Finally, we checked whether we could validate the results of the recently published Ren et al.15 in these 9 datasets and found that 3 out of 10 observations are indeed reproducible in most of the datasets, including the presence of cytokine storm by CD14+ monocytes (Supplementary Table S4). Since we did not re-analyze the Ren et al.15 dataset in a standardized manner with others, there is also a difference in the cell-type annotations complicating any one-to-one comparisons to Ren et al.15 dataset (Supplementary Fig. S19b).
Although our meta-analysis is able to address some issues arising from limited sample size and lack of standardization in data collection, pre-processing, cell-type annotation and analysis, it has obvious limitations. A part of the reason why we were not always able to confirm all the published conclusions in the author's own dataset may be due to the remapping of the scRNA-seq reads to different genome builds and using different methods. For instance, we applied an additional cut-off of 100 cells per sample for each T-cell subpopulation, which was different in the analysis of Liao et al.10 (Supplementary Fig. S16a). Nevertheless, the discrepancies that we found, still indicate that the conclusions from early scRNA-seq studies of COVID-19 patients may not always be robust and need to be validated before fully relied upon. The explanation of even larger difficulties in validating most conclusions across datasets, may be the result of inconsistent mapping between the disease stages in different studies and differences in protocols used. The samples used in different studies were collected from patients at different stages and were not annotated on a standardized scale (e.g. the WHO scale16). Therefore, we had to make various assumptions, in particular, we assumed that the healthy, severe, early recovery (convalescent) and asymptomatic stages are comparable. Also, four datasets had their sampling day after symptom onset information missing in the source publications1,3,6,7 (Supplementary Data 1) which could have contributed to additional heterogeneity between samples across datasets. Other limitations are mentioned in Supplementary Material Note 4. Overall, our results show that the conclusions drawn from scRNA-seq data analysis of small cohorts need to be treated with some caution.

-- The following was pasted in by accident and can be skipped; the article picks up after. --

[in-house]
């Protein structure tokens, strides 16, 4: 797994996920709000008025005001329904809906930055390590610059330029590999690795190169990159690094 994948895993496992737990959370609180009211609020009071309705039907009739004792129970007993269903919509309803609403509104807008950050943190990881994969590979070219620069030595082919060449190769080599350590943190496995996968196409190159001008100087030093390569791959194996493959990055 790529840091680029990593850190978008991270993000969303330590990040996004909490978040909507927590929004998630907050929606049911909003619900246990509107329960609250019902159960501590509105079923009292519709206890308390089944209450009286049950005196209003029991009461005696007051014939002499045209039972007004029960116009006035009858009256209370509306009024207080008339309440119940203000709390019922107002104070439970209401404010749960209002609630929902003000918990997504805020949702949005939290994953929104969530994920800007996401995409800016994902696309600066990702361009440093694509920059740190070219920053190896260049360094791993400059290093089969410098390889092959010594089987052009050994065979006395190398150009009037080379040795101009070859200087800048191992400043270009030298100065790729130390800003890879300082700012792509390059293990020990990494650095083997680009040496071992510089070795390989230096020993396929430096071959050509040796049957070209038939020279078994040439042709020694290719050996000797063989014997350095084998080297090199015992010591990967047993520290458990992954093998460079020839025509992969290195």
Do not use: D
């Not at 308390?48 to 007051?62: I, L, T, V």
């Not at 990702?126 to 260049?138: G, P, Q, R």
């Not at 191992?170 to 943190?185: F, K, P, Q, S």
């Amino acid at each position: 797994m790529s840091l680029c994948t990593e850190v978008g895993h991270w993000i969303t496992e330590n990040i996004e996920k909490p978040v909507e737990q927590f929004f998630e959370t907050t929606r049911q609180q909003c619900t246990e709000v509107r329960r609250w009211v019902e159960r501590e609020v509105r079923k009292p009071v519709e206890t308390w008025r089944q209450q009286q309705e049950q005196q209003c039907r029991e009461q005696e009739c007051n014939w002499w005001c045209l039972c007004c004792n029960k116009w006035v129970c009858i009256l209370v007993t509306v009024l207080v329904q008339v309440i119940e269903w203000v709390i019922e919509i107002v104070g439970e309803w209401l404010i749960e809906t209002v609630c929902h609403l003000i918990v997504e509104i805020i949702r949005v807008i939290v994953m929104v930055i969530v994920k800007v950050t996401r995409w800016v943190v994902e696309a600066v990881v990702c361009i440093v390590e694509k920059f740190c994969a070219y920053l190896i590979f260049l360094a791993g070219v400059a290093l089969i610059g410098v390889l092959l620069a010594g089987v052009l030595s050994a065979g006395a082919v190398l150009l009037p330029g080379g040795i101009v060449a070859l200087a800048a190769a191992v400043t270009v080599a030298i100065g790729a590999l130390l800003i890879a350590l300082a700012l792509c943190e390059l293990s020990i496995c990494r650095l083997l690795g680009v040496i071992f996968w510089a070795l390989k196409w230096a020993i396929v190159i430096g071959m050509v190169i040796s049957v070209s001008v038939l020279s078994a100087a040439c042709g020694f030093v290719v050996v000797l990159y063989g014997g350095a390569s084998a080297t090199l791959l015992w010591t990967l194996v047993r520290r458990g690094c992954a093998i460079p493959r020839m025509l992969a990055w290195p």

10× chromium healthy control
The 10× Chromium data for healthy PBMCs was downloaded from the 10× genomics website [https://support.10xgenomics.com/single-cell-gene-expression/datasets/3.1.0/5k_pbmc_NGSC3_aggr]. This dataset includes samples from 8 Chromium Connect channels and 8 manual channels.
The raw fastq files for the Wen dataset3 were downloaded from the GSA (Genome Sequence Archive) database17,18 under the accession number PRJCA002413, including all the files for scRNA-seq, TCR-seq and BCR-seq.
The fastq files were aligned to the human genome (GRCh38 version 3.0.0, including 33,538 genes), which was downloaded from the 10× Chromium website [https://support.10xgenomics.com/single-cell-gene-expression/software/downloads/latest], using Cell Ranger (3.1.0). TCR and BCR results were aligned to the human vdj reference (version 4.0.0) from 10× Chromium website using Cell Ranger (3.1.0).
For the Liao dataset10, the Cell Ranger mapped results together with the TCR results were downloaded from GEO19 under the accession number GSE145926. The downloaded scRNA-seq data includes 33,538 features, which is the same as the reference genome used in the above mentioned datasets. The cell type annotation of the dataset was downloaded from GitHub [https://raw.githubusercontent.com/zhangzlab/covid_balf/master/all.cell.annotation.meta.txt]. The unannotated cells were considered as low quality and were excluded from analysis.